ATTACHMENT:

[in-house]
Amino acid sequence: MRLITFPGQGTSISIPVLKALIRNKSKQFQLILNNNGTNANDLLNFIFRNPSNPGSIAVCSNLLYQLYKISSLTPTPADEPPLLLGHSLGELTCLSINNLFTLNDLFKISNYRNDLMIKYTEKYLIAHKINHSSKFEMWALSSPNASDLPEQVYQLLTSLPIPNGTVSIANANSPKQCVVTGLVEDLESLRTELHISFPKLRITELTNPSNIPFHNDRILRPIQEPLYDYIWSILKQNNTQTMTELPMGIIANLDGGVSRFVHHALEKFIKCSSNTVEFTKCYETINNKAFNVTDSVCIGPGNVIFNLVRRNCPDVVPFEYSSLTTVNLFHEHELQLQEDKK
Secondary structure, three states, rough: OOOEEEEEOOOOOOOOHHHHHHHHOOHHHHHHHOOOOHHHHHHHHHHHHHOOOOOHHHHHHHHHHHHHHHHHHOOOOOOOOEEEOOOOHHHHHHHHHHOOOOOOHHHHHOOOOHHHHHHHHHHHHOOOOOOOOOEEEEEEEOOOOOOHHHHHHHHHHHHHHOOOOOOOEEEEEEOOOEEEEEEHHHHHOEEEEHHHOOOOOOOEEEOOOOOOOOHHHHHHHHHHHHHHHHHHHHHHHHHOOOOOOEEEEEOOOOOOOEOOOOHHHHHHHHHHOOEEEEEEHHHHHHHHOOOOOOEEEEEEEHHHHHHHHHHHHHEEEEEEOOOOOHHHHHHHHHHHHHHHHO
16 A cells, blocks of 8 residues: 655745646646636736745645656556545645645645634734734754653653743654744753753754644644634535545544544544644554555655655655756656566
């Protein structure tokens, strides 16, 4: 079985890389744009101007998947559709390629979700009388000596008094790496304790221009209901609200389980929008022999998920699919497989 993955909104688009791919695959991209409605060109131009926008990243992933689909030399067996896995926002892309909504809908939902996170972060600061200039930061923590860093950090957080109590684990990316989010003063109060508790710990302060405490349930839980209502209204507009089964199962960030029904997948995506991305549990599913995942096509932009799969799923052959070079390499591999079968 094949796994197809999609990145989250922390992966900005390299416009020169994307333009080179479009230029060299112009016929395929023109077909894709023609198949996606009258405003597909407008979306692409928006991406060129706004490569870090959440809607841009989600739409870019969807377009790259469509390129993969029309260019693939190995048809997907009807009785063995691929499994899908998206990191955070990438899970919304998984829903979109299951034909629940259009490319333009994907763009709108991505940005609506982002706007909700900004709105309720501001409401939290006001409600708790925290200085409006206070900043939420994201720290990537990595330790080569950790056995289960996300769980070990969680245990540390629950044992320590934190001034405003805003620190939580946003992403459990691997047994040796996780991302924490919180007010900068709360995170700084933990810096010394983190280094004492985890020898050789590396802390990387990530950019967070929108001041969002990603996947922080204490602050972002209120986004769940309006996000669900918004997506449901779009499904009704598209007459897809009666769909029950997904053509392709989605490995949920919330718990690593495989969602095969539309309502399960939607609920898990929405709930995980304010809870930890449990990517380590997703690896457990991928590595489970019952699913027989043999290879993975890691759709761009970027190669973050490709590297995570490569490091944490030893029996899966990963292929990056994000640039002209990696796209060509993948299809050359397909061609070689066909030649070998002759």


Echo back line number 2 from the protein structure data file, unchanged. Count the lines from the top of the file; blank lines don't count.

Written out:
Amino acid sequence: MRLITFPGQGTSISIPVLKALIRNKSKQFQLILNNNGTNANDLLNFIFRNPSNPGSIAVCSNLLYQLYKISSLTPTPADEPPLLLGHSLGELTCLSINNLFTLNDLFKISNYRNDLMIKYTEKYLIAHKINHSSKFEMWALSSPNASDLPEQVYQLLTSLPIPNGTVSIANANSPKQCVVTGLVEDLESLRTELHISFPKLRITELTNPSNIPFHNDRILRPIQEPLYDYIWSILKQNNTQTMTELPMGIIANLDGGVSRFVHHALEKFIKCSSNTVEFTKCYETINNKAFNVTDSVCIGPGNVIFNLVRRNCPDVVPFEYSSLTTVNLFHEHELQLQEDKK